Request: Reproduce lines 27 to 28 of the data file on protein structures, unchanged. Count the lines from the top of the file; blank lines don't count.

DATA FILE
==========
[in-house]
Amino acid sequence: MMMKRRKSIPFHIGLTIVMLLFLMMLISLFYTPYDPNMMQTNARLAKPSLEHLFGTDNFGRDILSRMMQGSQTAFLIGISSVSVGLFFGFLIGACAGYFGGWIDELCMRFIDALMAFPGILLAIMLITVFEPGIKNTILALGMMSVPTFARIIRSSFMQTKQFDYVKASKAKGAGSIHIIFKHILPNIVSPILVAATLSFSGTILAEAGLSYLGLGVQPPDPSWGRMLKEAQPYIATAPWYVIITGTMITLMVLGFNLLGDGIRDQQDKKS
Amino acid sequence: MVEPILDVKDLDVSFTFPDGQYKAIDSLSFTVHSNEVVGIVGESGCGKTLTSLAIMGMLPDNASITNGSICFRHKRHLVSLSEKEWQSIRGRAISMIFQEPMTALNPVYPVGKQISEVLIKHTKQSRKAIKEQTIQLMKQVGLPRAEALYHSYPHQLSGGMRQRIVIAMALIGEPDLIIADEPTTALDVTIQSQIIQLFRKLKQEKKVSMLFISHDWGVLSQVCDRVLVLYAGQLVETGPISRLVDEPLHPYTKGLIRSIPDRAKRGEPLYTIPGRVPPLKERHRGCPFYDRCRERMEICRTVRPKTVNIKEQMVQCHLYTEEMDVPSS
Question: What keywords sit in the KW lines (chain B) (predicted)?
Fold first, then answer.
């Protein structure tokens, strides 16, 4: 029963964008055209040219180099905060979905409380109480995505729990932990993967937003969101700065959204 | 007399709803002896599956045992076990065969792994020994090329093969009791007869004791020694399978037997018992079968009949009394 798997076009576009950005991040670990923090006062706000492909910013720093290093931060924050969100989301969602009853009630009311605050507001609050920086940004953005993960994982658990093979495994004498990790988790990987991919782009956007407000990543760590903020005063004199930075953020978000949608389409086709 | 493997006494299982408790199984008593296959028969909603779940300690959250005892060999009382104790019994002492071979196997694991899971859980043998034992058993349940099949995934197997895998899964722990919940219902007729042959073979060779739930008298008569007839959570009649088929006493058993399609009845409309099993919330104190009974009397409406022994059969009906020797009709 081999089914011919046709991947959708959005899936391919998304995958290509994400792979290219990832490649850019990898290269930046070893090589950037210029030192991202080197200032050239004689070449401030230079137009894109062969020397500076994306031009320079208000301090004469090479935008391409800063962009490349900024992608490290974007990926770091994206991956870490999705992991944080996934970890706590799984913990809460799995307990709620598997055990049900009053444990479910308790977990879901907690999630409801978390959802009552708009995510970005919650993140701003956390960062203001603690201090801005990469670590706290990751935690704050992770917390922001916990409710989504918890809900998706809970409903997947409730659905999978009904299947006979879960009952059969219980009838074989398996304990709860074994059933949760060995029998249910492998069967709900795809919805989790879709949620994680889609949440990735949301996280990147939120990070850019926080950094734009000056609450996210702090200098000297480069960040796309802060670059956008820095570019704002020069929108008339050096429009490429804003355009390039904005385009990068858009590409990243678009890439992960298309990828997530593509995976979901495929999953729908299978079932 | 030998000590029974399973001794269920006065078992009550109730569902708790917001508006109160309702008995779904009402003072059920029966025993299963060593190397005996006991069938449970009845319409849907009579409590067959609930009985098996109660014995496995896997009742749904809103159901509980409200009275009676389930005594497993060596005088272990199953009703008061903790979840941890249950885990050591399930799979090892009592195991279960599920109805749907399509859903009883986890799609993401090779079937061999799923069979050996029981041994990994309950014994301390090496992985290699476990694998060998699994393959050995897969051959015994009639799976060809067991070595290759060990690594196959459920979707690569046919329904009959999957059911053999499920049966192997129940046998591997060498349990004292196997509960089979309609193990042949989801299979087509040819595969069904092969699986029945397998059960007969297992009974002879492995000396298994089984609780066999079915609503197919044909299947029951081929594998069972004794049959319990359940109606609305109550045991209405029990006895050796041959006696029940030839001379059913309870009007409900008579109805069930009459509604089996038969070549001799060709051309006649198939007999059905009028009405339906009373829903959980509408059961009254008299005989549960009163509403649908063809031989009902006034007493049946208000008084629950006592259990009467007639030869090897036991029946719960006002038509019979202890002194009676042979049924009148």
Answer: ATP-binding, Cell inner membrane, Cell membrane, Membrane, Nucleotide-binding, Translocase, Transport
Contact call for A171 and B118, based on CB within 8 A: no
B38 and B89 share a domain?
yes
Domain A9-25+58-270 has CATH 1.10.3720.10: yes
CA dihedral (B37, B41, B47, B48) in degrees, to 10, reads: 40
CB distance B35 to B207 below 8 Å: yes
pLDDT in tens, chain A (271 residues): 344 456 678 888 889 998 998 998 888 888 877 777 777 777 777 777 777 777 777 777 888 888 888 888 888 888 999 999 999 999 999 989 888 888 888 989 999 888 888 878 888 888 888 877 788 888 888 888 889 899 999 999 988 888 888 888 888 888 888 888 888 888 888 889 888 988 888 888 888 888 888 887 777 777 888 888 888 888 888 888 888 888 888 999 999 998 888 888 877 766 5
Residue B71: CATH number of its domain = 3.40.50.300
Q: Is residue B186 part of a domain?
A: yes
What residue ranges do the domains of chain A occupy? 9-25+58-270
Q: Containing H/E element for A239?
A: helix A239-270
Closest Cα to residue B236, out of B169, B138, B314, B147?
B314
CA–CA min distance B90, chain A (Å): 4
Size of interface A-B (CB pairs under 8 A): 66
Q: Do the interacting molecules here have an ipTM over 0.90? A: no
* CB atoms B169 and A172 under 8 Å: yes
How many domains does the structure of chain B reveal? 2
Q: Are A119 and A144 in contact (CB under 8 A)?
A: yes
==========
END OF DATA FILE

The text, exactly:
How many domains does the structure of chain B reveal? 2
Q: Are A119 and A144 in contact (CB under 8 A)?